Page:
Vintage Panerai watches were used as tools for underwater sabotage missions. The assault divers did not care about them getting scratches and dents. They were part of the equipment and efficiency was paramount. Cosmetics did not matter at all.
This is the reason why so many watches are a mix of different parts. Movements, dials, hands and crowns had to be replaced in order to keep the watches running. In Vintage Panerai circles this is simply called “grey zone”.
One fits all
The following story began with a watch auction in 2001. Antiquorum offered a 6152 (yes, the rare one!). Case number 956642. The pictures, however, revealed the watch was not a sought-after Ref. 6152 but a later Ref. 6152/1 with crown-protecting device. This watch had probably the caseback from a Ref. 6152, which is not uncommon.
The crown looked odd on the picture but it could have been photoshopped.
The watch sold for CHF 17,250.00.
A few years later in 2007, the very same case number 956642 reappeared at a Christie’s auction. This time they also disclosed the Ref. 6152/1 case number 124758. The watch had indeed a caseback from a Ref. 6152.
The interesting thing was, the watch had now a totally different dial. A sought-after “Marina Militare” dial with great patina. The movement seemed to be one of those replacement units which were found in stock by Angelo Bonati and went into the PAM 21 models.
This time the watch sold for CHF 85,000.00.
Auction link: Lot 323 – Rolex made for Panerai (Christie’s)
Update Dec. 31, 2015
Christie’s used the wrong front view. The picture showed case number 124949 from the same “Important Pocket Watches and Wristwatches” auction in 2007 instead.
The correct watch is shown below. Dial and minute hand were very distinctive.
Before the Christie’s auction in 2007, the very same dial was installed in a Ref. 3646 watch with case number 261352 depicted below. A distinctive detail of this watch were the odd set of hands.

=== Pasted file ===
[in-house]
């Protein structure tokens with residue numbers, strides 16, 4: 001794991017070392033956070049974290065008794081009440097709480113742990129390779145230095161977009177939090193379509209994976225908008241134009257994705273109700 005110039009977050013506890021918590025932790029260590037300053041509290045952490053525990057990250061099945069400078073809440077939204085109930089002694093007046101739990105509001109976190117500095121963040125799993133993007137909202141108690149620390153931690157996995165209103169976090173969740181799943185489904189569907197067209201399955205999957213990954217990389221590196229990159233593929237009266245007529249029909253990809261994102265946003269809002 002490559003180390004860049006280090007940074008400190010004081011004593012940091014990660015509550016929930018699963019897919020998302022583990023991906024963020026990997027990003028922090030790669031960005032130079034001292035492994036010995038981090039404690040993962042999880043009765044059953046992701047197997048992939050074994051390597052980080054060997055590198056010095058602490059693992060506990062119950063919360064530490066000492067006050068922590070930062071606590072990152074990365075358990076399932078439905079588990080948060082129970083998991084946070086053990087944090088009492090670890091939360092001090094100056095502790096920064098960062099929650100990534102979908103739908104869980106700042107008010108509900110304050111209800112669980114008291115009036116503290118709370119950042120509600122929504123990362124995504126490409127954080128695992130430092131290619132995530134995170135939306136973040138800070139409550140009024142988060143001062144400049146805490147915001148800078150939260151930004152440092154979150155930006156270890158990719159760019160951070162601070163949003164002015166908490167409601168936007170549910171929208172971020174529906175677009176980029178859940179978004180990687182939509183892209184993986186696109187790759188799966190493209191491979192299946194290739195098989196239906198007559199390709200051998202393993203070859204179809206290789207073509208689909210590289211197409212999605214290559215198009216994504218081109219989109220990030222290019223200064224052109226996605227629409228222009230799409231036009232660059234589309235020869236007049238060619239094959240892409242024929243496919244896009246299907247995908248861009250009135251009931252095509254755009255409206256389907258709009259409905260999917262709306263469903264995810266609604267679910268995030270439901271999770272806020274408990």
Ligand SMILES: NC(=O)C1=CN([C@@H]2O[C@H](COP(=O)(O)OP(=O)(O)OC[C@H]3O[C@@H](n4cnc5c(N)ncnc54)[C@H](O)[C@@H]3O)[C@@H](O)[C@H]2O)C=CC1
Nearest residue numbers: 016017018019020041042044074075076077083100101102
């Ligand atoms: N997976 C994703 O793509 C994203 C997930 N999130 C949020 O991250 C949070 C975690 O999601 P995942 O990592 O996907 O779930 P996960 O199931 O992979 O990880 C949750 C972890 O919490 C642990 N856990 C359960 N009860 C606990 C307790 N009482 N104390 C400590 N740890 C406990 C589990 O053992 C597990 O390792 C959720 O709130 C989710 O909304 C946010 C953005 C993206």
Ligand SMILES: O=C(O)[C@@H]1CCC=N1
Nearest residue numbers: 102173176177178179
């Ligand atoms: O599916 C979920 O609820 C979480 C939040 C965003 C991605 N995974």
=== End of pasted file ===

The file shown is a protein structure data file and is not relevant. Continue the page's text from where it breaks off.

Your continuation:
The same Ref. 3646 with case number 261352 next to the famous Ref. 2533 with case number 116272.
The iconic Ref. 2533 with “baton” dial turned out to be a Franken watch pieced together with parts from different time periods. The “baton” dial itself is not from the late 1930s as claimed, it is a late 1950s design.
Read more: Vintage Panerai 2553 “Frankenstein”
The following comparison of the Marina Militare engravings shows the dial of 124758 is exactly the same that was installed in the Ref. 3646 with case number 261352. Another distinctive detail that absolutely matches is the stain in the number 2.
In 2008 a 3646 Type D Kampfschwimmer with case number 260726 featuring German engravings “BK” was offered at a Dr. Crott auction in Germany. Kampfschwimmer watches usually had anonymous dials. But not this one. It came with the inscription Radiomir Panerai.
Watches within the case number range of this one usually have painted brass dials made by Junghans in Venice or sought-after Rolex Error-Proof dials aka California dials. There was a discussion whether this group should have California dials or not but in this case it is totally irrelevant. Fact is these watches have low bezels and thin dials (>1mm).
The Radiomir Panerai dial of this watch had a number of individual characteristics which helped identify it as the dial which was installed the first watch mentioned above, Ref. 6152/1 with case number 124758 featuring a Ref. 6152 caseback with case number 956642.
It was one and the same dial.
This particular has the same characteristics of Ref. 6154 dials from 1954. It is very thin but nevertheless a sandwich construction.
The story of parts mysteriously swapped between watches – decades after having been part of hardcore missions – would end here… if a little detail had been overlooked.
The sixth sense
As mentioned earlier, the patina of the Marina Militare dial which misteriously appeared in 2007 on case number 124758 is amazing but something is off.
Have a look the Marina Militare dial compilation usually found on Ref 6152/1.
Here is a close-up of the numeral at six o’clock. Can you see the difference?
Regular Marina Militare dials have 6’s and 9’s with almost closed loops. The “open” loops of the dial in question are reminiscent of anonymous Kampfschwimmer dials found in Ref. 3646. A direct comparison shows the numerals are identical.
Let’s compare this to a regular Marina Militare dial, shall we?
See what I mean? The dial in question is not a real Marina Militare dial. It is a Kampfschwimmer that was altered with fake Marina Militare engravings.
Image sources: Antiquorum Lot 501, 2001, Christie’s Lot 323, 2007, 2013, Phillips Lot 223, 2015, Dr. Crott 2008, t.bone